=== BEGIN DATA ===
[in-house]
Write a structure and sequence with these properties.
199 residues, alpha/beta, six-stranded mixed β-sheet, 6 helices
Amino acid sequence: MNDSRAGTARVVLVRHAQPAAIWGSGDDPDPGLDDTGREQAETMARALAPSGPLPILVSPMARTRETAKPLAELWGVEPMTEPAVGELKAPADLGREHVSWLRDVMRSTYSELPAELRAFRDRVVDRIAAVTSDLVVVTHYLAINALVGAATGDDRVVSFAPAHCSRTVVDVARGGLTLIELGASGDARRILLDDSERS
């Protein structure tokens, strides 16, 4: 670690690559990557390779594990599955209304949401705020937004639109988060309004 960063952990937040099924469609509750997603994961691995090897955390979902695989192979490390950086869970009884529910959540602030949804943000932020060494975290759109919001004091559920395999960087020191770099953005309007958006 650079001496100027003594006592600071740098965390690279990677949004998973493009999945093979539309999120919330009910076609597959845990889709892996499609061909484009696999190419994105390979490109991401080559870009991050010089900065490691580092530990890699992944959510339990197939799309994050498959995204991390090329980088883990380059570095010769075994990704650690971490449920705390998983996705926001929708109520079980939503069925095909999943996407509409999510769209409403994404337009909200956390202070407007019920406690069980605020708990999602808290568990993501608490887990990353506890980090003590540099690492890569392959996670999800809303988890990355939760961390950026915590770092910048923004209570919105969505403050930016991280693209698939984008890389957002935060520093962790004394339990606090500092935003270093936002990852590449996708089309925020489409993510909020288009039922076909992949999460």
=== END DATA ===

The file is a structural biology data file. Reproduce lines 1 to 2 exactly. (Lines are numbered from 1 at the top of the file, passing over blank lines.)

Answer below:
[in-house]
Write a structure and sequence with these properties.